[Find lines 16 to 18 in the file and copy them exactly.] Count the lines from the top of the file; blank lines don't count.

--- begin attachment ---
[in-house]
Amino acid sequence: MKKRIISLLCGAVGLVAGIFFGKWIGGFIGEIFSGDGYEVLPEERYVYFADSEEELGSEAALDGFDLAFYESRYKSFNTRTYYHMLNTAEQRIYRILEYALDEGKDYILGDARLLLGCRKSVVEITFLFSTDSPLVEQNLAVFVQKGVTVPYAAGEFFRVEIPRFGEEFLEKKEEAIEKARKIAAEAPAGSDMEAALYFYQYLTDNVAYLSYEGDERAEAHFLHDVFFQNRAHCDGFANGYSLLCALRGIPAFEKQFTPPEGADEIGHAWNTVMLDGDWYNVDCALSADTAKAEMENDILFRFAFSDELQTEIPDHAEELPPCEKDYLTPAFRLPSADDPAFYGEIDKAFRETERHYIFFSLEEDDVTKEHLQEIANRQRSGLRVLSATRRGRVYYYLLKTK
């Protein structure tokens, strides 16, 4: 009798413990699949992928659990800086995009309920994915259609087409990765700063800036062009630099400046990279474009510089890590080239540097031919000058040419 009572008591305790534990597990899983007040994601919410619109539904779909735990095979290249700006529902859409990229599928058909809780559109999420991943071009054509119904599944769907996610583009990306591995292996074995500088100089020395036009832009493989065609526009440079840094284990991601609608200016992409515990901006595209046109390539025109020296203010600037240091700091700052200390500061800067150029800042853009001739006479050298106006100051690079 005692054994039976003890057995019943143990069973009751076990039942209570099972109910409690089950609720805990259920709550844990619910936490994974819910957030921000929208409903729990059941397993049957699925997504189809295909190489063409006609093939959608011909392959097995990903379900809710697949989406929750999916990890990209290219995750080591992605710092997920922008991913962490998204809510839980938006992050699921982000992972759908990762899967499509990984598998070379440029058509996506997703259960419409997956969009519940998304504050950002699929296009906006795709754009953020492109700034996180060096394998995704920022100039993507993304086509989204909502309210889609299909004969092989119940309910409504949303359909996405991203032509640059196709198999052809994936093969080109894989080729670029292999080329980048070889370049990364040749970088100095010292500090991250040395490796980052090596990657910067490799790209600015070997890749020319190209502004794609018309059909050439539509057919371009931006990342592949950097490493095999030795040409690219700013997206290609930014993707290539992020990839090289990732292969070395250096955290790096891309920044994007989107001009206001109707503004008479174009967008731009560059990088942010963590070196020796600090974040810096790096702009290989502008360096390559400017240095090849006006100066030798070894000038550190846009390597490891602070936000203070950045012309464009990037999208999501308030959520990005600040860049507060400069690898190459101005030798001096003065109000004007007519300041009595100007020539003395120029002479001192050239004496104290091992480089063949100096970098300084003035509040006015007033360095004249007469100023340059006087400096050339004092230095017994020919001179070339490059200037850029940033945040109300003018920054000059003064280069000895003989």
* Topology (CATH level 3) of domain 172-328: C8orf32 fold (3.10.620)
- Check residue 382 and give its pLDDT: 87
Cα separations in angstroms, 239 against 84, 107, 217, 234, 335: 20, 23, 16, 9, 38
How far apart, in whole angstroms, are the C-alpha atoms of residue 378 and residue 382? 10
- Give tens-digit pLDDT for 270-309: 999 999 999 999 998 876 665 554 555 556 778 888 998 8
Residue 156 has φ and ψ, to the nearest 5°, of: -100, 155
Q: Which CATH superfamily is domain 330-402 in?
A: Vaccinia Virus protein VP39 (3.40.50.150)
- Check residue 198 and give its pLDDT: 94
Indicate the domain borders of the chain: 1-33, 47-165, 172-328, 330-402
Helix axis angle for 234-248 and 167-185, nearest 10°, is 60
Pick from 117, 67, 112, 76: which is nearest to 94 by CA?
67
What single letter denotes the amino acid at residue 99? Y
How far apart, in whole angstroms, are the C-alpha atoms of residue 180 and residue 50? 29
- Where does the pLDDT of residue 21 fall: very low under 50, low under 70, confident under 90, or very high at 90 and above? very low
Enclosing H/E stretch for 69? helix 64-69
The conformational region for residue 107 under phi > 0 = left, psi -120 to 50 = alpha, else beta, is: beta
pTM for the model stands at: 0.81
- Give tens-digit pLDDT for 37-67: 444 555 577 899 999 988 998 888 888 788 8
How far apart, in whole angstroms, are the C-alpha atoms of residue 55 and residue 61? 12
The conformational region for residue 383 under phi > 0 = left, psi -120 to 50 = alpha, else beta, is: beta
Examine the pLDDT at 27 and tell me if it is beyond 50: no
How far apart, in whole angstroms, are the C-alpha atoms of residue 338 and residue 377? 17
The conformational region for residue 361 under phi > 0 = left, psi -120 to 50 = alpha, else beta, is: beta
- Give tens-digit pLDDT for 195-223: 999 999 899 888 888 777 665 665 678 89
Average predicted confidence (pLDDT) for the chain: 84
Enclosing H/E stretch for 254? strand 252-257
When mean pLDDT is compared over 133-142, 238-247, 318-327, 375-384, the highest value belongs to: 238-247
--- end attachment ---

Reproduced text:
67
What single letter denotes the amino acid at residue 99? Y
How far apart, in whole angstroms, are the C-alpha atoms of residue 180 and residue 50? 29